I wanted to share this video with you. It presses lots of buttons for me – all good ones.
It is a profile about a very special person – Tim Sharp, a young man with autism who comes from my hometown of Brisbane. He has a wonderful artistic talent and has created the character Laser Beak Man. The film was directed by a friend and produced by the government department I used to work for (yes, occasionally government departments do something valuable and special).
Most importantly though, it shows (and gives me hope for my little guy) that we can all have a meaningful place in the world.
By the way, don’t you think it’s interesting that autistic and artistic and separated by only one letter.
When a friend dies you know that no matter how keenly you feel their loss, that their partners and children are feeling that very particular pain more intensely.
I promised my friend to keep her in their lives in the years ahead. I don’t think that this will require any work whatsoever because my dear friend was such an amazing presence in their lives and will alway be. But keeping her in my life? I’m not quite sure what that will involve, though I am starting to get an idea.
I have her art in every room of my house, her photos in my collection, we shared a very individual taste in music and we also share some very precious people but I will miss our idle chit chat about every non-important thing and endless idea swapping along with so many other things.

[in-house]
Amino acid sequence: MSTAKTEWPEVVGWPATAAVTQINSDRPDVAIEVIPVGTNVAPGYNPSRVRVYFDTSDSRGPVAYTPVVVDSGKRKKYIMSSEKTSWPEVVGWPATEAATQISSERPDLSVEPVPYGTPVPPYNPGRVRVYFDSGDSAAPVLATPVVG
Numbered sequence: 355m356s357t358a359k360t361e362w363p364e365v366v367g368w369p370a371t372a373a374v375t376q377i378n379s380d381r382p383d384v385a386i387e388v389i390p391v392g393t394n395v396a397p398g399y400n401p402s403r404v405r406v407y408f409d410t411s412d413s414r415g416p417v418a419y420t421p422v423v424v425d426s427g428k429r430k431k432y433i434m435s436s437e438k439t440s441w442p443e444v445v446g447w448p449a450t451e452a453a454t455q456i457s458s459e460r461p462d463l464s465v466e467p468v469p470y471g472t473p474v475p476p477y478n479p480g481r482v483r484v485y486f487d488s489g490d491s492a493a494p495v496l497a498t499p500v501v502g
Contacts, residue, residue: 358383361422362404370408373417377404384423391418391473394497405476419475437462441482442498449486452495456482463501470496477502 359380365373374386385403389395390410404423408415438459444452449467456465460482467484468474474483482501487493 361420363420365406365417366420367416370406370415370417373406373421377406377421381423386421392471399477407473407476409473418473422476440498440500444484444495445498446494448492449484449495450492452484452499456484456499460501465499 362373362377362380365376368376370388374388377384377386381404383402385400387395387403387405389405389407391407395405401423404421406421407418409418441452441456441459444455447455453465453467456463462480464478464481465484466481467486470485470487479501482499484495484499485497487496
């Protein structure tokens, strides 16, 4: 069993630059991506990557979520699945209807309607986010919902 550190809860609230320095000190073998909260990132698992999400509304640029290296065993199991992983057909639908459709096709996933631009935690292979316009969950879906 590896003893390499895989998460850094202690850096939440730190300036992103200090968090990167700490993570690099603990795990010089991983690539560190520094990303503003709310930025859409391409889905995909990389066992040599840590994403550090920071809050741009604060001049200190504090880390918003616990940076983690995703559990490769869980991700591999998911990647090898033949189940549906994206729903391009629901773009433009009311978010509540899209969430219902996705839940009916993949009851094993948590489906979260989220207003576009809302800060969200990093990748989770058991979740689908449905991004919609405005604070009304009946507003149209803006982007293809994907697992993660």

I might take up the age old craft of letter writing, so that I can keep telling her what I think. I might increase my creative output and I might take an annual holiday in her honour. So many ways to acknowledge her and share with her. It’s a new phase in our friendship. I’m trying to look forward to it.
I’m off to Sydney to contemplate other people’s navels. Yes, I’m assessing music grants. I know what it is like to put your heart and soul into a grant application to wait with baited breath for several months to get a reply. So when I do this assessing business I am not a soul-less arts bureaucrat who has forgotten how important each and every effort and person and project is.
The life of an artist is a hard, lonely road. Keeping your eye on the joyful pleasure that took you to the start of the journey and meanwhile applying the craft and technique that you build over time is a tightrope act of the highest order.
This week I lost a dear friend who managed that balance beautifully. A wonderful human who made my life better for being in it. So here’s to you buddy, you’re efforts will be helping me through the next couple of days.